Methods and Results - We pooled patient-level data for women enrolled in 26 randomized trials. Study population was categorized based on the presence or absence of high ATR, which was defined as having history of diabetes mellitus, prior percutaneous or surgical coronary revascularization, or prior myocardial infarction. The primary end point was major adverse cardiovascular events defined as a composite of all-cause mortality, myocardial infarction, or target lesion revascularization at 3 years of follow-up. Out of 10 449 women included in the pooled database, 5333 (51%) were at high ATR. Compared with women not at high ATR, those at high ATR had significantly higher risk of major adverse cardiovascular events (15.8% versus 10.6%; adjusted hazard ratio: 1.53; 95% confidence interval: 1.34–1.75; P=0.006) and all-cause mortality. In high-ATR risk women, the use of new-generation DES was associated with significantly lower risk of 3-year major adverse cardiovascular events (adjusted hazard ratio: 0.69; 95% confidence interval: 0.52–0.92) compared with early-generation DES. The benefit of new-generation DES on major adverse cardiovascular events was uniform between high-ATR and non–high-ATR women, without evidence of interaction (Pinteraction=0.14). At landmark analysis, in high-ATR women, stent thrombosis rates were comparable between DES generations in the first year, whereas between 1 and 3 years, stent thrombosis risk was lower with new-generation devices.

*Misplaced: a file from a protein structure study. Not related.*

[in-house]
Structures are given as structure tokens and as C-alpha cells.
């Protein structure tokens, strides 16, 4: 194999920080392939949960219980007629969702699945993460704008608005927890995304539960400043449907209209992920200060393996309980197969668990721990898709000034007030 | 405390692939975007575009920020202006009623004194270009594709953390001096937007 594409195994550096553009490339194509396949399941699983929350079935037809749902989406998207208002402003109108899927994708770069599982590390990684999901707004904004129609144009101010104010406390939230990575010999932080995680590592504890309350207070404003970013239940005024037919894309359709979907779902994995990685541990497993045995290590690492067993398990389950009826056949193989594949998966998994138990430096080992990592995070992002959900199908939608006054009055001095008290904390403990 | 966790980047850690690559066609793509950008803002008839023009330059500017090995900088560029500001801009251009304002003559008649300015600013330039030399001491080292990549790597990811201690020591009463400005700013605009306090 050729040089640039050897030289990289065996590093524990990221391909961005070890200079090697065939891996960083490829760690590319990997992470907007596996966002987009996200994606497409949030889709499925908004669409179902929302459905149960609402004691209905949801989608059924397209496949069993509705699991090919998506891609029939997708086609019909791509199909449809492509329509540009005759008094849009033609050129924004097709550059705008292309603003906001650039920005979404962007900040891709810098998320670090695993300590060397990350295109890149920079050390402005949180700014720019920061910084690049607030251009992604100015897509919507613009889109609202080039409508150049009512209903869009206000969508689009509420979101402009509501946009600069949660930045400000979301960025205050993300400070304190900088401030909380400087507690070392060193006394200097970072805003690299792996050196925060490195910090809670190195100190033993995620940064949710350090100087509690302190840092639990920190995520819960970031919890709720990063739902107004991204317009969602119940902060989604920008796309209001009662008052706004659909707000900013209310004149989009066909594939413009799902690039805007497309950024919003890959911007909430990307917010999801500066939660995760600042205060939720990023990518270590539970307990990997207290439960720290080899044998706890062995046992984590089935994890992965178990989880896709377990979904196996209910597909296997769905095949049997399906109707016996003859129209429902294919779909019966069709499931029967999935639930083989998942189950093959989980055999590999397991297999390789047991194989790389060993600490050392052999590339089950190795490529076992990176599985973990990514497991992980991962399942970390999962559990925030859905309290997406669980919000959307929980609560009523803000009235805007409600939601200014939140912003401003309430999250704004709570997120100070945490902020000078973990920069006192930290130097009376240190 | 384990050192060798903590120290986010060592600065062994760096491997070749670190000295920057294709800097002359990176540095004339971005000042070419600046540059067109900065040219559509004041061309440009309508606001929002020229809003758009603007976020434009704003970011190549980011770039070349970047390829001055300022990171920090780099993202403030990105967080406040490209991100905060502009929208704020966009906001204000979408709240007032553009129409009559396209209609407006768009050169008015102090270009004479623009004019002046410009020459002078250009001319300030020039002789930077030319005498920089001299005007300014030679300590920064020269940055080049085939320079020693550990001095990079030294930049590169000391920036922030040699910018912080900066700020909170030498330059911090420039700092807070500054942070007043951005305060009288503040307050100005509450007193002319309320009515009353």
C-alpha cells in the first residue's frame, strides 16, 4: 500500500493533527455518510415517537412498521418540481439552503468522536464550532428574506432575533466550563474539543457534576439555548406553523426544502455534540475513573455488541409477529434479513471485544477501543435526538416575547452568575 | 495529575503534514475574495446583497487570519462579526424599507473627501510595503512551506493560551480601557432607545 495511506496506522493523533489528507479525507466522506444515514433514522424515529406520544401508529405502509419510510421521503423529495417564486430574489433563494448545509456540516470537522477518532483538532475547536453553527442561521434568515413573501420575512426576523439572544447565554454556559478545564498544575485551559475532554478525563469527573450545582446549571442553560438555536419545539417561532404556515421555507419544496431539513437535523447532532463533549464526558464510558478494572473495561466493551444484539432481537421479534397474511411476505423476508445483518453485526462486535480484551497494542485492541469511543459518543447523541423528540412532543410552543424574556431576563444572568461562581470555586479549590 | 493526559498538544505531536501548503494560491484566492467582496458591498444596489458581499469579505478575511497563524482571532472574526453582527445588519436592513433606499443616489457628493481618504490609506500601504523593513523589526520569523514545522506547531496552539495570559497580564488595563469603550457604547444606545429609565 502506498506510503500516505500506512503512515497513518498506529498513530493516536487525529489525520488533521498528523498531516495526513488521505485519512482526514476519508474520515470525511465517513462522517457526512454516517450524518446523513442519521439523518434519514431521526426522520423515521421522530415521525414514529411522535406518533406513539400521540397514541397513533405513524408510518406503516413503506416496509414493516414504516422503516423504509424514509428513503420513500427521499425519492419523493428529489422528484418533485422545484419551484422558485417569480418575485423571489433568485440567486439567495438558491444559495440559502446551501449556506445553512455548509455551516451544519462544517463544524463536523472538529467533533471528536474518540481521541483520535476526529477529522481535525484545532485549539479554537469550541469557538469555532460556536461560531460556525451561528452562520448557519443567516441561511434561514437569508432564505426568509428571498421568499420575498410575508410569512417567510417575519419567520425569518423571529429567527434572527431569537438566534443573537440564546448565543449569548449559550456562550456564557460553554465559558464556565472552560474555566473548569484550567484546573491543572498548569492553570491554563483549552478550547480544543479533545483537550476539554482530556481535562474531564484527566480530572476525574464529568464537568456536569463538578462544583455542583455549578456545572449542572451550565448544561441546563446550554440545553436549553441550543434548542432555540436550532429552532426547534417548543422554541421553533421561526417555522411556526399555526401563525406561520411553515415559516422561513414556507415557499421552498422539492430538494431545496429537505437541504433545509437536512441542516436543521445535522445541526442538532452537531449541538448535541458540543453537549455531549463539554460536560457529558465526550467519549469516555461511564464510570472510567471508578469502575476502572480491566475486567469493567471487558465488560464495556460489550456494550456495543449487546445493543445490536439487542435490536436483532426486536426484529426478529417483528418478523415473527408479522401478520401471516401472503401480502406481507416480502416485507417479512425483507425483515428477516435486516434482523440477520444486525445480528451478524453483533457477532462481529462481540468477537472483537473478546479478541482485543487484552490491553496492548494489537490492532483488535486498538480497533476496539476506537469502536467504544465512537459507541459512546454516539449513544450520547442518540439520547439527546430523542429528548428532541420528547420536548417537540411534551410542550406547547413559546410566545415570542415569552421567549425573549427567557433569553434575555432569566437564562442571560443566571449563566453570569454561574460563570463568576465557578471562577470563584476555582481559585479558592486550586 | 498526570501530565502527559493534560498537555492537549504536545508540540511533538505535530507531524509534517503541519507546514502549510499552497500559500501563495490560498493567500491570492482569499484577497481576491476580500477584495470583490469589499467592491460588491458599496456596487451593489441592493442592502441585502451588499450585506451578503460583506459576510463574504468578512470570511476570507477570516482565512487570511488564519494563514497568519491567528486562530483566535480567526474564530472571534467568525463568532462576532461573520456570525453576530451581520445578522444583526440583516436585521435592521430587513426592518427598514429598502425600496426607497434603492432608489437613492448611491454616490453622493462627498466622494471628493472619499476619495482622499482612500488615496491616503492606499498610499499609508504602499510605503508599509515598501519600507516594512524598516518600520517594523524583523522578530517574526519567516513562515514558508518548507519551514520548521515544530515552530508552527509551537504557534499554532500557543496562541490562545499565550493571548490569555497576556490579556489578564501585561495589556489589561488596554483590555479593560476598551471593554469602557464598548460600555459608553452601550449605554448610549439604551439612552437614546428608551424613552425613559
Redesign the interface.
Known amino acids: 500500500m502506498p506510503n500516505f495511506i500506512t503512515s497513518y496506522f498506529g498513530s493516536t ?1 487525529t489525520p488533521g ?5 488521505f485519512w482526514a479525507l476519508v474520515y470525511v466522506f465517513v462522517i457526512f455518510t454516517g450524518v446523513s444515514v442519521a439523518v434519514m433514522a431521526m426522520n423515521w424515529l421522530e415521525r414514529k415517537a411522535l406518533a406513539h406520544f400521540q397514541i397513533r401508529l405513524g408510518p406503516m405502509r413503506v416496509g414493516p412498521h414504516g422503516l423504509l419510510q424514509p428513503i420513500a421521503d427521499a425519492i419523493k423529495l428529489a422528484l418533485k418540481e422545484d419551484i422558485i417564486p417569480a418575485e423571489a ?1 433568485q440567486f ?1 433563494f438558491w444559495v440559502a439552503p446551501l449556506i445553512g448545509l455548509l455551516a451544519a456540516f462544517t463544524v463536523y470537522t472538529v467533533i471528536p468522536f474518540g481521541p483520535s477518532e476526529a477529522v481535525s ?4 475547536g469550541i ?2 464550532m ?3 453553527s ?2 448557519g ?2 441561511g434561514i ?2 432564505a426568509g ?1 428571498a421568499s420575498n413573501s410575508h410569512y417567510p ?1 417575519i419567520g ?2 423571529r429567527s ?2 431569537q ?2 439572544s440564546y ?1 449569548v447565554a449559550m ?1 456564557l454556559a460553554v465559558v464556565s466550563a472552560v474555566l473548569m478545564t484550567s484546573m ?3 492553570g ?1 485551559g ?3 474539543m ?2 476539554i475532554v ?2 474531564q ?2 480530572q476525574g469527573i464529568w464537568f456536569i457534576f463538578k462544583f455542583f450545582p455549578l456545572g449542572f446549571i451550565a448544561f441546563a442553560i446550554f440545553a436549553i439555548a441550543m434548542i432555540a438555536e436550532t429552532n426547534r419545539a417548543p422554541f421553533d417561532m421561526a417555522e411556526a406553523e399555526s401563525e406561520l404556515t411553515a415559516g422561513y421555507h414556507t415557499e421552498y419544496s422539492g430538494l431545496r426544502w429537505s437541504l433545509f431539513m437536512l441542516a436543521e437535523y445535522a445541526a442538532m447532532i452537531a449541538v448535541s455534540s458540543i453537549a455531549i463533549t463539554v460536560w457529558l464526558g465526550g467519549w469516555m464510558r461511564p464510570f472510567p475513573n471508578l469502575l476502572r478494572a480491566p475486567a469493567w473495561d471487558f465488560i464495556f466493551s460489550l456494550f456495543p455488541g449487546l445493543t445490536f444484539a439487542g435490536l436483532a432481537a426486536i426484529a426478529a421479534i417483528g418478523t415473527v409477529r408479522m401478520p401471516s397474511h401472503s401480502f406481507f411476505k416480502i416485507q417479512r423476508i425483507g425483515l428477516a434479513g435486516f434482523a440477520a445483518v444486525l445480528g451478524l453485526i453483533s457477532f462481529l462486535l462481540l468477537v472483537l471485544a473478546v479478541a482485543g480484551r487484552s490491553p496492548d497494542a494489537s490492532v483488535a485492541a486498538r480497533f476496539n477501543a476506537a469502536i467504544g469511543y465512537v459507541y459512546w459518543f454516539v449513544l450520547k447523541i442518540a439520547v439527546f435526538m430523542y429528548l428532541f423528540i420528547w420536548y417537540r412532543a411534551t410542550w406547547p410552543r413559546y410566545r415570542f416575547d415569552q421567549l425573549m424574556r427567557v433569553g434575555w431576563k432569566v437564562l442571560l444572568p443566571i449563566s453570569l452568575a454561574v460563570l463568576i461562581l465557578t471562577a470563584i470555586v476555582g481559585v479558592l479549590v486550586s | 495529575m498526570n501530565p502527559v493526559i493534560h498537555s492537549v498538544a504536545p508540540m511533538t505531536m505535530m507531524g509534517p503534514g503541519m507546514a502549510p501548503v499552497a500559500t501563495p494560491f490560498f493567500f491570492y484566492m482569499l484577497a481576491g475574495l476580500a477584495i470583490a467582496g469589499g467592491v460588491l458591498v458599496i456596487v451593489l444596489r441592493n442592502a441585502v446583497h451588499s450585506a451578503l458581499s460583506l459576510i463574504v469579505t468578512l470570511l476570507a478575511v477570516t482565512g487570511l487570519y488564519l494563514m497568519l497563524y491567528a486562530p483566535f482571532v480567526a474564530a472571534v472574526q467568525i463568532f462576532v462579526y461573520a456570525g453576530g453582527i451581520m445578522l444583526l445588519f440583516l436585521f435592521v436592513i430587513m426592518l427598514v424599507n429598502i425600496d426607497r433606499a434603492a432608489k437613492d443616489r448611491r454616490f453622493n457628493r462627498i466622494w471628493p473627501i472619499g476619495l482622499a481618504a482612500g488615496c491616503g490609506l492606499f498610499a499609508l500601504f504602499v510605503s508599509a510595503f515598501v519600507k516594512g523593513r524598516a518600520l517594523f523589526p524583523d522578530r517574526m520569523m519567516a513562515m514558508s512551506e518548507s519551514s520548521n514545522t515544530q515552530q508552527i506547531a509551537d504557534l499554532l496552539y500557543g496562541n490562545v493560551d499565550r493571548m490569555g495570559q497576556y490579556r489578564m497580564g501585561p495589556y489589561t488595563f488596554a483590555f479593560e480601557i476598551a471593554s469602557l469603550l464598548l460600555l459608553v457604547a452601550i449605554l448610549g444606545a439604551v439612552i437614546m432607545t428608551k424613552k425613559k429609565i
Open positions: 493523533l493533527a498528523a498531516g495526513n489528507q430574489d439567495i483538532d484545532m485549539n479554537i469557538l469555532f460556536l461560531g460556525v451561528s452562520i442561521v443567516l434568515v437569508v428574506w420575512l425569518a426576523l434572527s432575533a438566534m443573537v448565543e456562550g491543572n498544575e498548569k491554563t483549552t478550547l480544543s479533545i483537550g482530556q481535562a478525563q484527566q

Conclusions - Use of new-generation DES even in women at high ATR is associated with a benefit consistent over 3 years of follow-up and a substantial improvement in very-late thrombotic safety.
|Journal||Circulation : cardiovascular interventions|
|Publication status||Published - 2016|